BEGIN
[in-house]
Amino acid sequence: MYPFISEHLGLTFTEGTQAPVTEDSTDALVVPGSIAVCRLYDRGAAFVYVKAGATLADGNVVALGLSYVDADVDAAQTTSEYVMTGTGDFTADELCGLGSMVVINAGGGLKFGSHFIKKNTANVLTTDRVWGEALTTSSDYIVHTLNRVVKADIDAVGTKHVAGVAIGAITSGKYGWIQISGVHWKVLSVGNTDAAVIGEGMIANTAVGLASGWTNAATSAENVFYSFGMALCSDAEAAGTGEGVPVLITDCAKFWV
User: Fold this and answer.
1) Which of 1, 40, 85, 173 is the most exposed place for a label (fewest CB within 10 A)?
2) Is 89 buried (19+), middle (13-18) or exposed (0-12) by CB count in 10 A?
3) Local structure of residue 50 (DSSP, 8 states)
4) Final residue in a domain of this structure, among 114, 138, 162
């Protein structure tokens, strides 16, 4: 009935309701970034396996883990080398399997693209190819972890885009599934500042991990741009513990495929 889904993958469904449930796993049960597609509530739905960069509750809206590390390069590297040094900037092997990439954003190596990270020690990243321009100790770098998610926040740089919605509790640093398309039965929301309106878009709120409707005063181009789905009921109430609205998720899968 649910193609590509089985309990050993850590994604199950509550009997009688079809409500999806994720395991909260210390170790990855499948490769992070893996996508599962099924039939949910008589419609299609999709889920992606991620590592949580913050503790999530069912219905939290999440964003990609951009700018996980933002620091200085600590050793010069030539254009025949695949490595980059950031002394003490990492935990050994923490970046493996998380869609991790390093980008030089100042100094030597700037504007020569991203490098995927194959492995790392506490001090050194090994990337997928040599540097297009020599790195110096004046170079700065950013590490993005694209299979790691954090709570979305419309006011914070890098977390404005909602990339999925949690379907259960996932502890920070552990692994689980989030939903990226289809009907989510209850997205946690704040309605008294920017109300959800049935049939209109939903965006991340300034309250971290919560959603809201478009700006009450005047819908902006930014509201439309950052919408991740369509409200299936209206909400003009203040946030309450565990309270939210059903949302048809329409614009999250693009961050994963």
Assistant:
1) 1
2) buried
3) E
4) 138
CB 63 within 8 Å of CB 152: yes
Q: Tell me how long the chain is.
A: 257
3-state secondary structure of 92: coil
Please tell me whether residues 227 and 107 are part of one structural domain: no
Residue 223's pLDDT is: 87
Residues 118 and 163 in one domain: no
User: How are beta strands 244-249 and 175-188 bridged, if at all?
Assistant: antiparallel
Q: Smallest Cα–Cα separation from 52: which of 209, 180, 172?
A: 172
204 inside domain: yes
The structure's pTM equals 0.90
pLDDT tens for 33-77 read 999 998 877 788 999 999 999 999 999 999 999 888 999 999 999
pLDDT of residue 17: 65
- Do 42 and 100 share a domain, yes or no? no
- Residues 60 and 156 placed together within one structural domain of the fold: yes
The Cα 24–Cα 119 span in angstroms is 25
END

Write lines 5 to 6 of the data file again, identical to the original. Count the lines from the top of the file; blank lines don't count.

2) Is 89 buried (19+), middle (13-18) or exposed (0-12) by CB count in 10 A?
3) Local structure of residue 50 (DSSP, 8 states)